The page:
Israel made its first operational use of the David’s Sling missile defense system Monday morning when it identified the launch of two Syrian surface-to-surface missiles, the military said.
An initial army investigation found that the David’s Sling air-defense system identified the launch of two SS-21 missiles, calculating they will likely land south of the Kinneret. An Israeli commander at the rank of lieutenant colonel decided to intercept the missiles.
The military investigation found that, while airborne, one of the Syrian missiles changed course and was expected to fall in Syrian territory. Therefore, one of the interceptor missiles was ordered to self-destruct. Israel also launched another interceptor missile at the second Syrian rocket, but it was still unclear if it hit its target.
Earlier Monday, residents in northern Israel reported hearing anti-aircraft batteries being activited, saying a trail of smoke was seen in the sky, shortly after sirens were set off across northern Israel, in the city of Safed and in areas near Mt. Hermon. Later, more sirens sounded in the Golan Heights city of Katzrin and in a nearby regional council.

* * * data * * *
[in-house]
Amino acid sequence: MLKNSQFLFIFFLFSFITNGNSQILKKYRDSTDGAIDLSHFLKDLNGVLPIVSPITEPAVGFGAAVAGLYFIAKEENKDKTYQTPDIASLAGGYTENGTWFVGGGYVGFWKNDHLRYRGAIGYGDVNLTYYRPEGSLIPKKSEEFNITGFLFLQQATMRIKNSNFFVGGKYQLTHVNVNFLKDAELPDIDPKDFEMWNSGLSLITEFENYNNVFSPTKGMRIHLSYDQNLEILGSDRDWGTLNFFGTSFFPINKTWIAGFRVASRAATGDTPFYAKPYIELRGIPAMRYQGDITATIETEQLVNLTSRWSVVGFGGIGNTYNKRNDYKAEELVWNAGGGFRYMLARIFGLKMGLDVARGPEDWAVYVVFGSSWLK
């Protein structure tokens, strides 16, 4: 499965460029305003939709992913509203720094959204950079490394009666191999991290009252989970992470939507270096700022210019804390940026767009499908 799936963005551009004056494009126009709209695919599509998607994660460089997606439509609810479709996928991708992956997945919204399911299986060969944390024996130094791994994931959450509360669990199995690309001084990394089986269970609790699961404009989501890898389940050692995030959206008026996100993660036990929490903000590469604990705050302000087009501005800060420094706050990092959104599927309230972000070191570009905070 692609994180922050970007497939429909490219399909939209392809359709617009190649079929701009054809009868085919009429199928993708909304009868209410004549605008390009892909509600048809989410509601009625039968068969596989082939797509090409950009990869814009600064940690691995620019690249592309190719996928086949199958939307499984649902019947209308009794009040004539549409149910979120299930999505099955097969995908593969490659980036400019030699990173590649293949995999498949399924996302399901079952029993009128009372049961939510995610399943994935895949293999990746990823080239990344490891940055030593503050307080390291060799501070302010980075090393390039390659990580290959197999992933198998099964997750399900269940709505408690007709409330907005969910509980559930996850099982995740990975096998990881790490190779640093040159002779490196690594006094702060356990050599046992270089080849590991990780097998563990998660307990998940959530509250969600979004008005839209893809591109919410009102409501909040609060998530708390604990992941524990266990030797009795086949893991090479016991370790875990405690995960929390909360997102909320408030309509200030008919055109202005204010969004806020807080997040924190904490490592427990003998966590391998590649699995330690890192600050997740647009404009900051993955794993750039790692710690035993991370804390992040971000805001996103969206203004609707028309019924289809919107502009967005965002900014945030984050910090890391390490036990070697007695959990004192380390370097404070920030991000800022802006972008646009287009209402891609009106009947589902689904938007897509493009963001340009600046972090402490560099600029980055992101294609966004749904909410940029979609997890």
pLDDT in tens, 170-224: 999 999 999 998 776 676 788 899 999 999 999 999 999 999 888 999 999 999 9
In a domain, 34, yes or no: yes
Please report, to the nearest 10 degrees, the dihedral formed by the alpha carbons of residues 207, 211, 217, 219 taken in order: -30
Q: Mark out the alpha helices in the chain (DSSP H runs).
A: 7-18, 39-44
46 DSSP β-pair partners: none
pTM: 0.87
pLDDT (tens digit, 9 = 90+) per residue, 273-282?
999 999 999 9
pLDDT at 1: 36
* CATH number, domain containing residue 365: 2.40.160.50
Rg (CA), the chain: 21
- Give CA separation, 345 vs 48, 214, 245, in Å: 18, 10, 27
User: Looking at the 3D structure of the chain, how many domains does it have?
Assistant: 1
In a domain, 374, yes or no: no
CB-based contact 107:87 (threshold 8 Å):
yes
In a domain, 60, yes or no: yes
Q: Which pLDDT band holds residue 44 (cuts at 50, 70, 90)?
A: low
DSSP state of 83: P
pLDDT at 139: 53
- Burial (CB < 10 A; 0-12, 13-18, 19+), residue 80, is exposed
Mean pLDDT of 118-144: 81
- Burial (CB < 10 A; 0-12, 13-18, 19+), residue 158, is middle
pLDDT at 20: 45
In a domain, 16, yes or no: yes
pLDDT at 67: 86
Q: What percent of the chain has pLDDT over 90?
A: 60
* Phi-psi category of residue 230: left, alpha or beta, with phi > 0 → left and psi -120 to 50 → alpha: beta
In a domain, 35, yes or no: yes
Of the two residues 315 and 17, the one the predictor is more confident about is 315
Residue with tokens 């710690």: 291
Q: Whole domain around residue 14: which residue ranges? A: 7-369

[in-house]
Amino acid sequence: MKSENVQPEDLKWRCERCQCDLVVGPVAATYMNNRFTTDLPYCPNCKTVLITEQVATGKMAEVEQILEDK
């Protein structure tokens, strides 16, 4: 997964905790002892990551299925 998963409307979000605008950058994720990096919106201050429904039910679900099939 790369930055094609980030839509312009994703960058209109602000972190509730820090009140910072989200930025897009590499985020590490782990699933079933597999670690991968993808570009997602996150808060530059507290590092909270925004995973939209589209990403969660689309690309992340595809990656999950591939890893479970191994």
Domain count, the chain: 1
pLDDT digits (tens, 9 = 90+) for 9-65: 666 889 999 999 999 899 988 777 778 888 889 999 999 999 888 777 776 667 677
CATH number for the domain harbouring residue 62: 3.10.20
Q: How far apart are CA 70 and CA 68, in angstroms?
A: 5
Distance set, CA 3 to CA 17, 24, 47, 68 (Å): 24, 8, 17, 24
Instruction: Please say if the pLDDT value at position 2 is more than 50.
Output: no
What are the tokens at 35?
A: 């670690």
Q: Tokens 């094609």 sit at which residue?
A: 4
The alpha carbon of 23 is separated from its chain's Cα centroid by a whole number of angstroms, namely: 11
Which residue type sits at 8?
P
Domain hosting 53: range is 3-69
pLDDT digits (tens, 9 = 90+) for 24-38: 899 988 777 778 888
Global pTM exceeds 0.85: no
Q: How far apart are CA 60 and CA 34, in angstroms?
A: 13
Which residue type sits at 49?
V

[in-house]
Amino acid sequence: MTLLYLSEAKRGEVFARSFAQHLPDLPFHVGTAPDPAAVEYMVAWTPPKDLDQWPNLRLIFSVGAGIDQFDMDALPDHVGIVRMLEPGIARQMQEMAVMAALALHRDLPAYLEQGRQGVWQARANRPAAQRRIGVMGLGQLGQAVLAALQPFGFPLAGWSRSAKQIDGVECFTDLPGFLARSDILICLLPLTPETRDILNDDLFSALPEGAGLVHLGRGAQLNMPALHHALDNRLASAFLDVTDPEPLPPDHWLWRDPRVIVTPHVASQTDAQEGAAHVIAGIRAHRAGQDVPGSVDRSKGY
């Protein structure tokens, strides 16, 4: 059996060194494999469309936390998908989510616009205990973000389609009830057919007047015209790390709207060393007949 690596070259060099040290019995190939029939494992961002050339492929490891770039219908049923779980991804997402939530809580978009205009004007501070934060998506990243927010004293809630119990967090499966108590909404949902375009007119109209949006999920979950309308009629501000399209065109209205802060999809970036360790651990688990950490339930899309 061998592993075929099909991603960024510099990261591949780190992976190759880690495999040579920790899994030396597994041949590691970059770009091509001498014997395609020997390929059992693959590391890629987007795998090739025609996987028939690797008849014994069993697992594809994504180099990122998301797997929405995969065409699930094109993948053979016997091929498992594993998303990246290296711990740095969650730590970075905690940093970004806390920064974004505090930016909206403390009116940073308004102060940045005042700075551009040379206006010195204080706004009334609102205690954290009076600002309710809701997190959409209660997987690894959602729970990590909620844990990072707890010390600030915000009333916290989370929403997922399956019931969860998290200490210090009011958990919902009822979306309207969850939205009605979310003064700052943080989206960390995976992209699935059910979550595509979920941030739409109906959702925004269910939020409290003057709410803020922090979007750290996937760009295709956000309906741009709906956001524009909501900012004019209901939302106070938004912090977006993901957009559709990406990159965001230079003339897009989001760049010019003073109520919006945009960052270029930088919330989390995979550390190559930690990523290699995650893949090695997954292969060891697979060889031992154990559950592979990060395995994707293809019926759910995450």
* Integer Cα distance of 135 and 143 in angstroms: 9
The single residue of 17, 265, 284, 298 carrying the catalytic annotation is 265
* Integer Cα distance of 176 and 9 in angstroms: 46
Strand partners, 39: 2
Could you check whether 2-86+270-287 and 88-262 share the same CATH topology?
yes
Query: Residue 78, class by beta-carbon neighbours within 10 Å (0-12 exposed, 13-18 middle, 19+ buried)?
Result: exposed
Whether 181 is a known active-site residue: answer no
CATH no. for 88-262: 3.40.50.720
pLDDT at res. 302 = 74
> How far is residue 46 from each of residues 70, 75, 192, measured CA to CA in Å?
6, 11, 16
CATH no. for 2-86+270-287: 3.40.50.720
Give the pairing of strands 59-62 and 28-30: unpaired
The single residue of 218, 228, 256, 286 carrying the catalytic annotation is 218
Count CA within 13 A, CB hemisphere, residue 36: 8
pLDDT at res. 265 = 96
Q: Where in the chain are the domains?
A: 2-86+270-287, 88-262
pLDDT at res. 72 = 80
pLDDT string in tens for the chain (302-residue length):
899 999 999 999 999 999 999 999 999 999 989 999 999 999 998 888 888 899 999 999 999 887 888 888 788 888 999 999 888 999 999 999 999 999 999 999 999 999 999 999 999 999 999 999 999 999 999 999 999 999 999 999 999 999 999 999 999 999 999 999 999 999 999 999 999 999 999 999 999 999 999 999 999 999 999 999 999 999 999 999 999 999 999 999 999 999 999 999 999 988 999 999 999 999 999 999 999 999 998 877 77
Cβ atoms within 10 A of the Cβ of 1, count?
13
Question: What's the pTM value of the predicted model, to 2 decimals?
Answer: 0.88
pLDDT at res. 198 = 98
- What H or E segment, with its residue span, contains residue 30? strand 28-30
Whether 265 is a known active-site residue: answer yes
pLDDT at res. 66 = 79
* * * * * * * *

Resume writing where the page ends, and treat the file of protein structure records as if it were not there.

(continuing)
A David’s Sling interceptor missile costs between 700,000 shekels ($192,000) to 1 million shekels. The military insists that when launching defense missiles it does not take into consideration the financial costs involved.
This is the first operational use of the David’s Sling missile defense system, also known as Magic Wand. The system, which the military declared operational last year, was developed by Israel’s government-owned Rafael Advanced Defense Systems in cooperation with the U.S. defense contractor Raytheon, and is designed to intercept medium-range missiles. It is an additional layer of defense against short- and medium-range missiles and rockets, in addition to Iron Dome and Patriot and Arrow missiles. It can also intercept unmanned aerial vehicles from afar.
Over the last month there were two incidents of Patriot missiles launched at a drone approaching Israel from Syria. On June 24, a Patriot battery fired at a drone. An Assad regime commander said at the time that the drone was on a mission in southern Syria.
On July 13, a Patriot missile was launched at an aircraft entering the buffer zone between Israel and Syria. The Israeli military said it was likely shot down.
In recent days the Syrian regime has expanded its operation to retake control of the Syrian side of the Golan Heights, and a large part of the local rebel militias have surrendered.
Aided by the Russian air force, the Assad regime’s is now focused on the Israel-Joran-Syria border triangle in the southern Golan Heights, where the regime seeks to quash some 1,000 fighters of a local ISIS branch.
Source : www.haaretz.com